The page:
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Oddsfish! by Robert Hugh Benson

And of the Duchess of Cleveland


"My dear cousin," I said again, "even if I had come on some such mission, I should assure you, as I do now, that it was nothing of the kind. How else could such missions be kept secret at all? It would be a _secretum commissum_ in any case; as the theologians would say. I can but repeat what I said in my letter to you; and, if you will think of it, you will see that it is not likely that any matter of importance would be entrusted to a young man of my age."

That seemed to quiet him. I have often noticed that to appeal to the experience and wisdom of a fool is the surest way to content him.

He began then to talk of the Court; and it would not be decent of me to record even a tenth part of the gossip he told me regarding the corruption that prevailed in Whitehall. Much of it was no doubt true; and a great deal more than he told me in some matters; but it came pouring out from him, and with such evident pleasure to himself, that it was all I could do to preserve a pleasant face towards him. He told me of the little orange-girl, Nell Gwyn, who was now just twenty-eight years old; and how she lived here and there as the King gave her houses--in Pall Mall, and in Sandford House in Chelsea, and at first at the "Cock and Pie" in Drury Lane; and how her hair was of a reddish brown, and how, when she laughed her eyes disappeared in her head; and of the Duchess of Cleveland, that was once Mrs. Palmer and then my Lady Castlemaine, now in France; and of the Duchess of Portsmouth, and her son created Duke of Richmond three years ago; and of the mock marriage that was celebrated, in my Lord Arlington's house at Euston, seven years ago between her and the King. And these things were only the more decent matters of which he spoke; and of all he spoke with that kind of chuckling pleasure that a heavy country squire usually shews in such things, so that I nearly hated him as he sat there. For to myself such things seem infinitely sorrowful; and all the more so in such a man as the King was; and they seemed the more sorrowful the more that I knew of him later; for he had so much of the supernatural in him after all, and knew what he did.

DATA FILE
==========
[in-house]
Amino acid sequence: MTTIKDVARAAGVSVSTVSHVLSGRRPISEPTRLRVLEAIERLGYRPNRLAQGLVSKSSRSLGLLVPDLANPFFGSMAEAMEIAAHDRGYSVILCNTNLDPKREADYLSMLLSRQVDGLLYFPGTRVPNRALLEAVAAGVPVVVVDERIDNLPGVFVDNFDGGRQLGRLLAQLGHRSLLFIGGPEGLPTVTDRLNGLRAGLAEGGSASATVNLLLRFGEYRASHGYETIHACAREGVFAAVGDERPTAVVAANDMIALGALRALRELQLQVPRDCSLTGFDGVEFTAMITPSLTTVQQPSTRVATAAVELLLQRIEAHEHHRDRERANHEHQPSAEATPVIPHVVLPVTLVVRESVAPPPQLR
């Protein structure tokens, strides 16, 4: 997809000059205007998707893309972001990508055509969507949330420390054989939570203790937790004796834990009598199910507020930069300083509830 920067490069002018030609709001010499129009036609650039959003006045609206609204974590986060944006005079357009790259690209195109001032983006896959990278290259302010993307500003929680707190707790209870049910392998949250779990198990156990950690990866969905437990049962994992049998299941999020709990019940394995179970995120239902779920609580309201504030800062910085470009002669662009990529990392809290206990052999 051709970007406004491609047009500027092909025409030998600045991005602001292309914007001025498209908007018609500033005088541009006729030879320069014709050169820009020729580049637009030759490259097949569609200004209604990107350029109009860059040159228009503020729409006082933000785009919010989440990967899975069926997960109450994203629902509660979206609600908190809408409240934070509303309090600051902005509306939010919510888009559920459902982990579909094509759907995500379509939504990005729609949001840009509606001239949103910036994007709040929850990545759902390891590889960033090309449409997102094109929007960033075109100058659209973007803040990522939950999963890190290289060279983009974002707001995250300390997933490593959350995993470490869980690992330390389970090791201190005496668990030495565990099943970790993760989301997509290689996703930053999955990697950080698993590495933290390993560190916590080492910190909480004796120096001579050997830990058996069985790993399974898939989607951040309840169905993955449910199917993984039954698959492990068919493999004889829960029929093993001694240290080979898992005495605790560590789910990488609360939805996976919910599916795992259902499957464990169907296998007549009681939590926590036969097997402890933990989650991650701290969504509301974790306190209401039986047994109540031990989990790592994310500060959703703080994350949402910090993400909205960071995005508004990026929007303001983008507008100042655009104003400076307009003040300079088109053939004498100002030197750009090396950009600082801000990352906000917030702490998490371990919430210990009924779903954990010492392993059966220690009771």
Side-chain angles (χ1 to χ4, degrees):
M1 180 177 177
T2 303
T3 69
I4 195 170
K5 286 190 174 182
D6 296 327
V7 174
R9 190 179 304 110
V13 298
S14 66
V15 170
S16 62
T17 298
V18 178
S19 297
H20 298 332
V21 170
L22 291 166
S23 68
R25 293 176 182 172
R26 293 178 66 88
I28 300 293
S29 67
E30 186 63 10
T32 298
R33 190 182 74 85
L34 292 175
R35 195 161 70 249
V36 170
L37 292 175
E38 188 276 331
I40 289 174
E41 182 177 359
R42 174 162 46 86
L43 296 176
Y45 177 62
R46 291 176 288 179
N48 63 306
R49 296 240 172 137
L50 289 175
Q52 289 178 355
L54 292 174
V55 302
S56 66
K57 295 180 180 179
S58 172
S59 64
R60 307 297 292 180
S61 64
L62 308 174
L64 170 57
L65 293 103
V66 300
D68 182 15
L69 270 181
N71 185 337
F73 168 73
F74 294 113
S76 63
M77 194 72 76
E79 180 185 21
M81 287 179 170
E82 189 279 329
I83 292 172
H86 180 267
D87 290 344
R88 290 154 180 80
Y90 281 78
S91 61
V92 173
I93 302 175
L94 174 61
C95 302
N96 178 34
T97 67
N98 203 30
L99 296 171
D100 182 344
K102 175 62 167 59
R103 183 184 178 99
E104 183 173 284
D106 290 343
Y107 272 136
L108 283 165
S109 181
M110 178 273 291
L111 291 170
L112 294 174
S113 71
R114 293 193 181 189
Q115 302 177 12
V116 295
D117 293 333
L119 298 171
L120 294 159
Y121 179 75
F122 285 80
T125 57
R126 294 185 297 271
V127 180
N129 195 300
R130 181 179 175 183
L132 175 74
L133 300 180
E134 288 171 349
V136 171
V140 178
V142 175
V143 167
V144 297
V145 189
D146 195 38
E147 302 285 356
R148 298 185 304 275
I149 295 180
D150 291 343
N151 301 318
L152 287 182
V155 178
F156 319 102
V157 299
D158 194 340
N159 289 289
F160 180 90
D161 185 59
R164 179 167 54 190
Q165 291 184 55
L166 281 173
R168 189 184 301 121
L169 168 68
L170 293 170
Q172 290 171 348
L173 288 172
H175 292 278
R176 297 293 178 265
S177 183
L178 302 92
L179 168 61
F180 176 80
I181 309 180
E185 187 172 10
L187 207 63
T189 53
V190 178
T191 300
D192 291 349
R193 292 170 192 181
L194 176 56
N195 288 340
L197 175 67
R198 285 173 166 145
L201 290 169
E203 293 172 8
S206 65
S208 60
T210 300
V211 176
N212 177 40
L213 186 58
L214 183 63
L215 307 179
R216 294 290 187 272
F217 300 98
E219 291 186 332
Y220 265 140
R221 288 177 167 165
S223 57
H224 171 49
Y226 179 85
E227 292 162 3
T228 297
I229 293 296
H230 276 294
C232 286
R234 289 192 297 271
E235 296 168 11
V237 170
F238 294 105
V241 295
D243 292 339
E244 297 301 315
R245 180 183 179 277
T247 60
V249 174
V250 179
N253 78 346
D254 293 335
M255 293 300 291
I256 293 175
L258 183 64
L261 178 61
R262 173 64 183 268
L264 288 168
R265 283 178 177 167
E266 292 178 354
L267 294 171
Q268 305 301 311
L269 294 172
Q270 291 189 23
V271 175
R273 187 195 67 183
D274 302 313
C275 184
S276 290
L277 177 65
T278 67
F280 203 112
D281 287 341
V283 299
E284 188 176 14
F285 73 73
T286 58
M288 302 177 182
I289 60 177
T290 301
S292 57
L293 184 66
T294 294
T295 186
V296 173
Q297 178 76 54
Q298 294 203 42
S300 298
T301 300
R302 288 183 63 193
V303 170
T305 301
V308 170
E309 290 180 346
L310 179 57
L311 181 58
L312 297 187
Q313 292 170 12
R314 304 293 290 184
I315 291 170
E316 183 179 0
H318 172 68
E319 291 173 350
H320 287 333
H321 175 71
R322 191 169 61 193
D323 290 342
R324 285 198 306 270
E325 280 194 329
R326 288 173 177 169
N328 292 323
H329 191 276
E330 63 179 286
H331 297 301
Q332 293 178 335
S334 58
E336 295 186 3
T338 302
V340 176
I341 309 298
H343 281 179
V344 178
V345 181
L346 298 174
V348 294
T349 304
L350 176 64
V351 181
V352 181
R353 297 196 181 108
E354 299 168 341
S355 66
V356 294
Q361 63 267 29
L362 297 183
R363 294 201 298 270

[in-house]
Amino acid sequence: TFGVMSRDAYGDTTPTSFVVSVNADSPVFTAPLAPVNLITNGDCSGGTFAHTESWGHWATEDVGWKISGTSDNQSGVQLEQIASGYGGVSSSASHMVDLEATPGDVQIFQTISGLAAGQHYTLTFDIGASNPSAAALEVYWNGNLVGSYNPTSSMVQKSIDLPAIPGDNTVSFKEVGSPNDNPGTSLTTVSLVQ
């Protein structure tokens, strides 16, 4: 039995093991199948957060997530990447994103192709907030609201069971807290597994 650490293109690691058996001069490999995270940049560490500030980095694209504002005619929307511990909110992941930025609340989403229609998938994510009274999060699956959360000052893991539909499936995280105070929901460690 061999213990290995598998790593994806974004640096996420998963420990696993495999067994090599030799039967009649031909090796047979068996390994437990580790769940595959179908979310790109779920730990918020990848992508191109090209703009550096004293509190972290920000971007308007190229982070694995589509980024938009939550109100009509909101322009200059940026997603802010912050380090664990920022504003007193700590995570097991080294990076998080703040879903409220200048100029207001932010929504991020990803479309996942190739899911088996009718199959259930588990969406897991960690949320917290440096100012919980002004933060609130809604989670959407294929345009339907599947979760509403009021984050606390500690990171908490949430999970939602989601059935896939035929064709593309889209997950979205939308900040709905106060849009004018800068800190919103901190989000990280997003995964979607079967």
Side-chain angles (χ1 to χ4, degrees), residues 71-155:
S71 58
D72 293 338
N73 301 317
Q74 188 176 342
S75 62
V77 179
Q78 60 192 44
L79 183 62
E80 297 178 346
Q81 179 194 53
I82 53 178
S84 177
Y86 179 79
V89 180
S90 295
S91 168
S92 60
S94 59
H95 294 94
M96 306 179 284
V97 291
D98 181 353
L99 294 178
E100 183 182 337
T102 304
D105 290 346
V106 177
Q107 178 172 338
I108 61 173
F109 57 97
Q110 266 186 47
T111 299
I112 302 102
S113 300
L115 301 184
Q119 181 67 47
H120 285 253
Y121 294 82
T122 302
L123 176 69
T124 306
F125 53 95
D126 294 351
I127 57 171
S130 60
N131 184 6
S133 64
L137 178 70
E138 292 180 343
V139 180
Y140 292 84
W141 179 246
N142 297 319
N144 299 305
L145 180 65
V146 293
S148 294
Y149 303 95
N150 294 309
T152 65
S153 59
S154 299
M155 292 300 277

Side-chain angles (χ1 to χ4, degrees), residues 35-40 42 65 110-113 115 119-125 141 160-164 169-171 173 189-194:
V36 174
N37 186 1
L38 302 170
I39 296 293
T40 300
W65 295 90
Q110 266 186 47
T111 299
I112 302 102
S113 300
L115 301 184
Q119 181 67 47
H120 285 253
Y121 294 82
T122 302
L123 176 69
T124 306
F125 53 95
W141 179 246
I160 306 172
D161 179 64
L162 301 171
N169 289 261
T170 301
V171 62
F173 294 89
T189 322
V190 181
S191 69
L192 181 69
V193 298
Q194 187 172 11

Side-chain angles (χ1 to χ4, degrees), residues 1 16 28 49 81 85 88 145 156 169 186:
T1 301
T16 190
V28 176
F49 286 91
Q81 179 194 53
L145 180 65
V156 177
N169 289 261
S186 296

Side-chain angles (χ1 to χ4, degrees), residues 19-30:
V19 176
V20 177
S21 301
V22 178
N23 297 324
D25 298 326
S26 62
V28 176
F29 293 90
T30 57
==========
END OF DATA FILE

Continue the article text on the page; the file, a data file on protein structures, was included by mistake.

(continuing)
Then presently my Cousin Jermyn began upon the Duke; and at that I nearly loosed my tongue at him altogether. For I knew very well that the guilt of the Duke was heavier even than the guilt of the King, since James had the grace of the Sacraments to help him and the light of the Faith to guide him. But I judged it better not to shew my anger, since I was, as the Holy Father had told me, to be "in the world," though interiorly not of it: and so I feigned sleep instead, and presently had to snore aloud before my cousin could see it: and, as he stopped speaking, my Cousin Dorothy came in to bid us good-night.

"Why, I have been half asleep," I said. "I am tired with my journey. What were you saying, cousin?"

He leered again at that, as if to draw attention to his daughter's presence.

"Why, we were talking of high matters of state," he said, "when you fell asleep--matters too high for little maids to hear of. Give me a kiss, my dear."


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